The New York State Martin Luther King, Jr., Commission and Institute for Nonviolence

By Neal, Anthony | Afro-Americans in New York Life and History, January 31, 1993 | Go to article overview

The New York State Martin Luther King, Jr., Commission and Institute for Nonviolence


Neal, Anthony, Afro-Americans in New York Life and History


The New York State Martin Luther King, Jr., Commission and Institute for Nonviolence

The current New York State Martin Luther King, Jr. Institute for Nonviolence and Commission (NYS-MLK) is composed of what were two separate entities. The NYS-MLK Institute for Nonviolence was conceived in 1986. It was signed into law on August 1, 1988. Nevertheless, the forerunner to the Institute was the NYS-MLK Commission. It was signed into law on August 2, 1985. This endeavor is unprecedented in a governmental context. The essential model for the New York State Institute for Nonviolence and Commission is the Martin Luther King, Jr. Center for Nonviolent Social Change which is located in Atlanta, Georgia.

Across the country states have recognized Martin Luther King, Jr.'s birthday as a national and state holiday. Irrespective of these tributes to Martin Luther King, Jr., New York is the first state to attempt to bureaucratize the philosophy and methods of nonviolence. New York's attempt at the bureaucratization of the philosophy and methods of nonviolence raises new, different, and significant questions. What politics brought the NYS-MLK into existence? Although New York does not have a death penalty, the state represents an entity which possesses the "legitimate" means of violence. Does this reality render the Institute and Commission inherently null and void due to differing logical conclusions? Aside from extracting violence from its residents, can the state of New York extract violence from itself. This is Madisonian logic applied within an individual state. James Madison wrote in Federalist number 51:

In framing a government which is to be administered by men over men, the great difficulty lies in this: you must first enable the government to control the governed; and in the next place oblige it to control it self.(2)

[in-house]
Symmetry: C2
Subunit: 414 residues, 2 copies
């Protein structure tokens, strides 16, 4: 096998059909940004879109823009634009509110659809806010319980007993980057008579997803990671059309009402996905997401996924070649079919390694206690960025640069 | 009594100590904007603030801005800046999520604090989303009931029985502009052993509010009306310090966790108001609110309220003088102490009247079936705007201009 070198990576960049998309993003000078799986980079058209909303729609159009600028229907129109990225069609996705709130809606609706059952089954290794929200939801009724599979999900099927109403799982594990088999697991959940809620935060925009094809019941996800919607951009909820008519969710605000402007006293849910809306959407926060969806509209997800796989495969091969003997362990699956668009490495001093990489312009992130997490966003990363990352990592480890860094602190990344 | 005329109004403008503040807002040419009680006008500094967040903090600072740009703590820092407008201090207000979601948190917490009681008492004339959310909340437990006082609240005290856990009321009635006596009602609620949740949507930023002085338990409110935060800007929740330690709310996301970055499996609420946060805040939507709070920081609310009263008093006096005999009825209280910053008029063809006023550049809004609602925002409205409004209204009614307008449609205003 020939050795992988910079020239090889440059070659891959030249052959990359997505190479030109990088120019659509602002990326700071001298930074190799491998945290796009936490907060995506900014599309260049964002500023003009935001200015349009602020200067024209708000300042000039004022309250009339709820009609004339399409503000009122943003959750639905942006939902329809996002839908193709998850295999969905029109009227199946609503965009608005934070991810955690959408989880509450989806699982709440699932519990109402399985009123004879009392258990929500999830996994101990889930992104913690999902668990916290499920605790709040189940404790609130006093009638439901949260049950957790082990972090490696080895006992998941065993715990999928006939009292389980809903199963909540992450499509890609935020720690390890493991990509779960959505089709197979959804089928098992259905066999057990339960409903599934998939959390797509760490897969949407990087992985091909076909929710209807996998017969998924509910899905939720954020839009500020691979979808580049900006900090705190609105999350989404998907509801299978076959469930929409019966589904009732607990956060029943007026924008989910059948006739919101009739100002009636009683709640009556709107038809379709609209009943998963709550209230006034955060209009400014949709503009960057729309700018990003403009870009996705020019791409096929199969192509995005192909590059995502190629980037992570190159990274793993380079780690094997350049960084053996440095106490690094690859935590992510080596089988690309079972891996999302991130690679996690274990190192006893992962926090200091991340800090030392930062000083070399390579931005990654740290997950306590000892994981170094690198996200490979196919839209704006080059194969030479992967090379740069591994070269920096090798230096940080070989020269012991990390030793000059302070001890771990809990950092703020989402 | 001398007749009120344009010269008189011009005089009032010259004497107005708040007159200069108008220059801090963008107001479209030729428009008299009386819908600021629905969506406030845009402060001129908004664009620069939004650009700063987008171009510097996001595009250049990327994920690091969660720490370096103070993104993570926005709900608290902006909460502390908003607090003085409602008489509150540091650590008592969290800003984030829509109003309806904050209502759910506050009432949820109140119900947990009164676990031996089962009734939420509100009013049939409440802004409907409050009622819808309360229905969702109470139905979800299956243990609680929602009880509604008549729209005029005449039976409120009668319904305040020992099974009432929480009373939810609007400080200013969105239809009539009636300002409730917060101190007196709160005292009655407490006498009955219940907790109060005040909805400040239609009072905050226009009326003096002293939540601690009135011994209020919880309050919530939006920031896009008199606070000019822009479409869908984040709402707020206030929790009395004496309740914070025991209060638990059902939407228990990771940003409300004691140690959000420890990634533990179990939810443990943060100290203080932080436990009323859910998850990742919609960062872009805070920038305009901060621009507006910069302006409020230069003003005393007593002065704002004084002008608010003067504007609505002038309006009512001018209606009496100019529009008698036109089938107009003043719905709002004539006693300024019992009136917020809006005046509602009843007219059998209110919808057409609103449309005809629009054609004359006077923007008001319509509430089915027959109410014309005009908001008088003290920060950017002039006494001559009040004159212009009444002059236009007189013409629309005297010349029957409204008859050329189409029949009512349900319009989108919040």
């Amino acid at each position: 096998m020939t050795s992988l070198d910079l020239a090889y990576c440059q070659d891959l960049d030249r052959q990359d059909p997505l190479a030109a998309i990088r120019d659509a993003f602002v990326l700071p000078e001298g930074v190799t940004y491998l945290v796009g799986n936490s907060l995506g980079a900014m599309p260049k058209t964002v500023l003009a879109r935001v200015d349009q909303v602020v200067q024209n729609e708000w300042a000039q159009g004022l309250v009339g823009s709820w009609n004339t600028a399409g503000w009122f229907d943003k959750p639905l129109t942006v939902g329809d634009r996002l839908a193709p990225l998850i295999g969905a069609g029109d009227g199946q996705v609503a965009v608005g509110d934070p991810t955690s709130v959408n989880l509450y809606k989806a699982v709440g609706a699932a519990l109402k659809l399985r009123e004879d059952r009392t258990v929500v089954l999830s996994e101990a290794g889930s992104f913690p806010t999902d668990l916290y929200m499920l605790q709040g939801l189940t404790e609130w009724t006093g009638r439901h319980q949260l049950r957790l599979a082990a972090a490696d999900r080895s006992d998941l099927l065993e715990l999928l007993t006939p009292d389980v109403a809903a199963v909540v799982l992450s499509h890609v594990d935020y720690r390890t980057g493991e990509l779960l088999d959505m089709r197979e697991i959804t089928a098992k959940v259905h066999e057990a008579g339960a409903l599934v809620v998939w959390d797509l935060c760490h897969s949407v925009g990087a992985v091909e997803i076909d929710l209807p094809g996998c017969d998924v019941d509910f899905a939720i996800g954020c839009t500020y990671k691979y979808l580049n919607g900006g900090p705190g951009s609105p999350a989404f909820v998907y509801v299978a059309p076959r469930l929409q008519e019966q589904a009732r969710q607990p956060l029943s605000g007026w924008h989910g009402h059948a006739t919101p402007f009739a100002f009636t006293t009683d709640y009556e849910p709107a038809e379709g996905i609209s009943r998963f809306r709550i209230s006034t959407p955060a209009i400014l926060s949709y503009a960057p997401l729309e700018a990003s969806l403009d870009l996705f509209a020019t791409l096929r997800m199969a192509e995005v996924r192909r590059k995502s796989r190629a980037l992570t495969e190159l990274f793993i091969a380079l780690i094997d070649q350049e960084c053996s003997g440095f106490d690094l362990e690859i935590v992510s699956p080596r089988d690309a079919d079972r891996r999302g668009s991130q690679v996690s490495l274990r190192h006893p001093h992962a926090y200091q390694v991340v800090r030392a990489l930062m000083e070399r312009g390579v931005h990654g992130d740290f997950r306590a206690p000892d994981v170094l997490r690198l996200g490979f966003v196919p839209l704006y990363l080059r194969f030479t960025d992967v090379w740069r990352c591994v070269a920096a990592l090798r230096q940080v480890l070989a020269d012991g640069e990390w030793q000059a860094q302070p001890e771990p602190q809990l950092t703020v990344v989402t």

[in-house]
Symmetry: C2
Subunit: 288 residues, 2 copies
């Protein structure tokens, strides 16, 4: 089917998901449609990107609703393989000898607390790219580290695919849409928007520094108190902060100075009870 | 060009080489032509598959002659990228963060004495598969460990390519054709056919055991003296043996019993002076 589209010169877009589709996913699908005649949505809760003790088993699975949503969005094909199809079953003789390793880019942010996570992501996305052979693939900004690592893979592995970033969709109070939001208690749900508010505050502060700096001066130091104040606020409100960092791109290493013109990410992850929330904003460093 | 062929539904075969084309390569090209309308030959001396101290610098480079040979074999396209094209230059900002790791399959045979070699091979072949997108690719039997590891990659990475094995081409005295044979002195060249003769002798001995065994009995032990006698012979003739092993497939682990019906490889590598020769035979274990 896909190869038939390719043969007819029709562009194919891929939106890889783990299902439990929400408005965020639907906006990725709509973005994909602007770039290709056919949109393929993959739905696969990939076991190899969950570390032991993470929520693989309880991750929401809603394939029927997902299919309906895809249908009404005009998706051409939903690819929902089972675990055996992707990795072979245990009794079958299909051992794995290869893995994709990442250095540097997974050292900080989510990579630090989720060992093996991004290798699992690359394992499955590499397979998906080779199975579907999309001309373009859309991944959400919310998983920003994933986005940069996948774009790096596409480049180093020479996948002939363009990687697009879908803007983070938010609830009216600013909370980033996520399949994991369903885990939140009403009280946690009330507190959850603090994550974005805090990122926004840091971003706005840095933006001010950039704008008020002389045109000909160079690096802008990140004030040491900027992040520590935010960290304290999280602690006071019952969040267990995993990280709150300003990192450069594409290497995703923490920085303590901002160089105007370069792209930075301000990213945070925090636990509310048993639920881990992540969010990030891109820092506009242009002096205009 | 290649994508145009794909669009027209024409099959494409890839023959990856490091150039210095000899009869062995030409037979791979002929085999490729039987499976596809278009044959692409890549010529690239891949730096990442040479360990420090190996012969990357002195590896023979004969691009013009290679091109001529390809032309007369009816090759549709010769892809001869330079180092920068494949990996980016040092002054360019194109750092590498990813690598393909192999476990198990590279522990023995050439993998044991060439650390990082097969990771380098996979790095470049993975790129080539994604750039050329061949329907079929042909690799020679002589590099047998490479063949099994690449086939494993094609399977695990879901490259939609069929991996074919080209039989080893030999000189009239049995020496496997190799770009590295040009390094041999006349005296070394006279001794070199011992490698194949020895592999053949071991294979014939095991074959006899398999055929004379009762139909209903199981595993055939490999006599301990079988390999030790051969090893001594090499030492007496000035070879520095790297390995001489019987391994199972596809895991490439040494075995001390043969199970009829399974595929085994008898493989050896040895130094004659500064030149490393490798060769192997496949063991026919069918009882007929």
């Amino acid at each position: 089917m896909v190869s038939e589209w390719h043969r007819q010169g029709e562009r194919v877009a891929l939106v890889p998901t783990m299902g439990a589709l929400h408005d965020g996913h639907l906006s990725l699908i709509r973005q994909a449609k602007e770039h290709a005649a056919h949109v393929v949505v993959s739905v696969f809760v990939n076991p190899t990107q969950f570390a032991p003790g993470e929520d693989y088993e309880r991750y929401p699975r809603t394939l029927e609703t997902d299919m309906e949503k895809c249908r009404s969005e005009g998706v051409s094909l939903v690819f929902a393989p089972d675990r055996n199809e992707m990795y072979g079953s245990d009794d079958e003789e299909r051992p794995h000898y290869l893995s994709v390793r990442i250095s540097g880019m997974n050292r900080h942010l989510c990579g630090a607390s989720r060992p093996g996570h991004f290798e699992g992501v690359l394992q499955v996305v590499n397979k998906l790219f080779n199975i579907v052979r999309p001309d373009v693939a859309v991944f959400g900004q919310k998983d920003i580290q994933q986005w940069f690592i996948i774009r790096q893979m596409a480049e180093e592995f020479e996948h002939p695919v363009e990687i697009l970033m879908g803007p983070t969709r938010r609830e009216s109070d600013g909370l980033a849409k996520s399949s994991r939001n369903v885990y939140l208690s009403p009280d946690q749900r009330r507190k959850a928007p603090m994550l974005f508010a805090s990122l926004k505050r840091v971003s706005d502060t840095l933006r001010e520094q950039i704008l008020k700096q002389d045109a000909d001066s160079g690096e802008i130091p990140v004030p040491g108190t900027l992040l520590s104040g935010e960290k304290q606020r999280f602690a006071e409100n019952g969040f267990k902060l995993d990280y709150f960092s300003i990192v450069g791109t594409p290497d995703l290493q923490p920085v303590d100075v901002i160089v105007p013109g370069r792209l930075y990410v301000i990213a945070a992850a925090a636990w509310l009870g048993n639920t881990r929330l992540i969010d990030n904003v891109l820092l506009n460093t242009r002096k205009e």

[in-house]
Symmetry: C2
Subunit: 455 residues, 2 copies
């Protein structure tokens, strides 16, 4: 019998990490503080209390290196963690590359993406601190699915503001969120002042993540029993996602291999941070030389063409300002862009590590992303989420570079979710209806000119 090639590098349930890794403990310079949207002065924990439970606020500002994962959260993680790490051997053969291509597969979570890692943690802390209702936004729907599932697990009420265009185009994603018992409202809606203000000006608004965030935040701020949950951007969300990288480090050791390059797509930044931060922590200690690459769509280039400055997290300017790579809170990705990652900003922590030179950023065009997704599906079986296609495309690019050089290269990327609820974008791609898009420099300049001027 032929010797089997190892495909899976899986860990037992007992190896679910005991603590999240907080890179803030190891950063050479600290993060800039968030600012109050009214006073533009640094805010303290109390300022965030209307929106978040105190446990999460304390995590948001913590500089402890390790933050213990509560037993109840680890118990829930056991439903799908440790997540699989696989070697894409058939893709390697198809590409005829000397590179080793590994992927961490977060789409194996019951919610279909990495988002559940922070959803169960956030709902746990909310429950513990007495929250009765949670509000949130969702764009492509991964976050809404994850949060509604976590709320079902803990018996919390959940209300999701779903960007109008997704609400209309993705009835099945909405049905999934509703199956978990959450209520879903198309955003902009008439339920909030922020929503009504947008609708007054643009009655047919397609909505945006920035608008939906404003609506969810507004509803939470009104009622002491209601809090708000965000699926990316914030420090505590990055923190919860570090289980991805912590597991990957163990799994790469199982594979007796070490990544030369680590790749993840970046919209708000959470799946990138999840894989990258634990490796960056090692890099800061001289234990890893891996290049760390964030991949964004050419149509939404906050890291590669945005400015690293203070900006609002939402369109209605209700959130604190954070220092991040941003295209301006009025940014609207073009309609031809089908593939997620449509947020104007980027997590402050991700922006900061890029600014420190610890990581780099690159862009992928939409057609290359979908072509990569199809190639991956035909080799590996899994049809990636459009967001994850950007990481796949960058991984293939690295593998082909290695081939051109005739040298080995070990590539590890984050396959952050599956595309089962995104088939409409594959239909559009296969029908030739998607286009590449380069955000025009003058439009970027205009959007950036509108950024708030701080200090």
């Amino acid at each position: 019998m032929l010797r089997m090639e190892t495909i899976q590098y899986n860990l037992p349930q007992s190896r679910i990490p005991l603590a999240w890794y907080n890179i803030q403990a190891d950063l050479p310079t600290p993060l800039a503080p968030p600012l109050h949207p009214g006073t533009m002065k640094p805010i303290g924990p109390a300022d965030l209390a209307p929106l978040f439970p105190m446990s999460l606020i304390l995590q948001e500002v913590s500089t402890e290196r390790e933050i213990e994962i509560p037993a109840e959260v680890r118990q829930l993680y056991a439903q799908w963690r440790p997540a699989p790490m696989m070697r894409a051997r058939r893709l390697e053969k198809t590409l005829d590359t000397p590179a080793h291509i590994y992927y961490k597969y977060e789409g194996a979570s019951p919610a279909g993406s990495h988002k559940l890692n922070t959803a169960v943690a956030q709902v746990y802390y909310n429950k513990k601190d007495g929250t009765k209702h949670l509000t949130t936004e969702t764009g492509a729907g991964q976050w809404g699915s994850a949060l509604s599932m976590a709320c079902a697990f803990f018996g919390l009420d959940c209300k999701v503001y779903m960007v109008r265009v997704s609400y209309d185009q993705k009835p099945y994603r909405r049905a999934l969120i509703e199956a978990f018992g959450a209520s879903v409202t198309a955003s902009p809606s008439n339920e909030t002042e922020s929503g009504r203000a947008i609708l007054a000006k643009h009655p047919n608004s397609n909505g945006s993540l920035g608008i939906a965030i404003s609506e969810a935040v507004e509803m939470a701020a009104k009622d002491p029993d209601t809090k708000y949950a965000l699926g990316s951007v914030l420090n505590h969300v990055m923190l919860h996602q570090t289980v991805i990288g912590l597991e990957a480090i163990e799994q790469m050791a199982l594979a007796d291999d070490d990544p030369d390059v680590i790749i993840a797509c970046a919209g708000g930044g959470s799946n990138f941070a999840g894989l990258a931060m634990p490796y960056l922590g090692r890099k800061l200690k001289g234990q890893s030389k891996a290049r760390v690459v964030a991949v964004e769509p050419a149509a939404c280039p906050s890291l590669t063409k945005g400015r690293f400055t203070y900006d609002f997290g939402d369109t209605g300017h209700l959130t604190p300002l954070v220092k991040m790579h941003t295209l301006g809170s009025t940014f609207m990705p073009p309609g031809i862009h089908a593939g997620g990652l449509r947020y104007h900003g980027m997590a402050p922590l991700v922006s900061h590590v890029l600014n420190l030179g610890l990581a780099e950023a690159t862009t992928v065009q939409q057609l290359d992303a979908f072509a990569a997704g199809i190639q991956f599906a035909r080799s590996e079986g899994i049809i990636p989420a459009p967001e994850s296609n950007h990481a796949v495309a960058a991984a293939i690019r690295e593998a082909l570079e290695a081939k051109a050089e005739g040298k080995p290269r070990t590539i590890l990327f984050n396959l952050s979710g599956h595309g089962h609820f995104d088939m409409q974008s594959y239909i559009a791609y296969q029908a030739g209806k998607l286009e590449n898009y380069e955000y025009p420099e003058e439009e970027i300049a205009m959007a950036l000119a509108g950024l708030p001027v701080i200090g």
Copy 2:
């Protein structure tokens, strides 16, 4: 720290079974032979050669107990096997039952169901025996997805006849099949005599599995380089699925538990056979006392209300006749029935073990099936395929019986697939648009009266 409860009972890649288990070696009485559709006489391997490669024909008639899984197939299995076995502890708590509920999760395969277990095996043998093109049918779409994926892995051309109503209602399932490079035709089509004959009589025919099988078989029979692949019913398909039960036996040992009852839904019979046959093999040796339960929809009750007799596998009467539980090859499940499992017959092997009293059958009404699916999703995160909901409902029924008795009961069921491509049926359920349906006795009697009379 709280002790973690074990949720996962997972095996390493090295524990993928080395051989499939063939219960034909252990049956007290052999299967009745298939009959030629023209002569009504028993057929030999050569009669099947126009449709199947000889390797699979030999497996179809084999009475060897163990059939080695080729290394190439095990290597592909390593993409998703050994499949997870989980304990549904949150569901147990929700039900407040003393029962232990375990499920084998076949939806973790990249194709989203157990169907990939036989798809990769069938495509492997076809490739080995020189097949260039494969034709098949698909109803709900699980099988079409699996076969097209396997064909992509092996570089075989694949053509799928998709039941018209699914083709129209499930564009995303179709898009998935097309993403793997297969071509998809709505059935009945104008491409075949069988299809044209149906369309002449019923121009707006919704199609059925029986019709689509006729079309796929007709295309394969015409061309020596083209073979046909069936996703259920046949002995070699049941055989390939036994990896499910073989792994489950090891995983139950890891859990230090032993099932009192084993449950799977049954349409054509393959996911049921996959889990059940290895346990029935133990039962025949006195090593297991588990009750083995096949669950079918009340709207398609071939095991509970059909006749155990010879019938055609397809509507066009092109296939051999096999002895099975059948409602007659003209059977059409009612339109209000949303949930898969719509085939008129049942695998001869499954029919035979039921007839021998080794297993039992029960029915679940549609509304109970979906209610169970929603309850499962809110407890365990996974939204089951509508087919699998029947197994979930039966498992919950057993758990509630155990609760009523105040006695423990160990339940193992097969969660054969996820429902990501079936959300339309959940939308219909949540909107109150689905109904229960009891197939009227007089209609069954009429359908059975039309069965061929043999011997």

Bureaucratizing King's philosophy of nonviolence magnifies this dictum. Furthermore, is there a church-state contradiction between King and the state? Is it possible to bureaucratize the essence of the Civil Rights Movement? The Civil Rights Movement began with the arrest of Rosa Parks in Montgomery, Alabama in December 1955 and ended with the death of Dr. Martin Luther King, Jr. in Memphis, Tennessee in April 1968.(3) This period was characterized by sit-ins, boycotts, freedom rides, marches, and confrontation with state authorities. These actions were taken in order to persuade government to end segregation, fight against discrimination, and provide for equal justice. Moreover, these actions were performed by outsiders seeking to influence those in power.

Work has been done on the implementation of policy that resulted from the Civil Rights Movement. This work reflects on national policy that has an impact on the state and local level. In accordance with this, Hanes Walton, Jr. speaks of "the institutionalization of the Civil Rights Movement."(4) Such works, however, do not touch upon the driving philosophy or methods employed by the movement in order to solicit a response from government. Beyond an examination of a policy response, when a state entity seeks to embody the philosophy and methods of the Civil Rights Movement, implementation vis-a-vis institutionalization takes on a qualitatively different character.

BUREAUCRATIZATION OF THE DREAM

The assassination of Dr. King brought to a close an essential chapter of the African American struggle for liberty and equality in the United States of America. This chapter was the Civil Rights Movement as led by Martin Luther King, Jr. After his assassination, the movement splintered into several different channels. These channels became associated with such names as Ralph David Abernathy, Jesse Jackson, Andrew Young, Julian Bond, John Lewis, and Coretta Scott King. The movement moved principally from protest or outsider politics to electoral or insider politics. Andrew Young, for example, in 1972 became the first Black person elected from the south since Reconstruction. …

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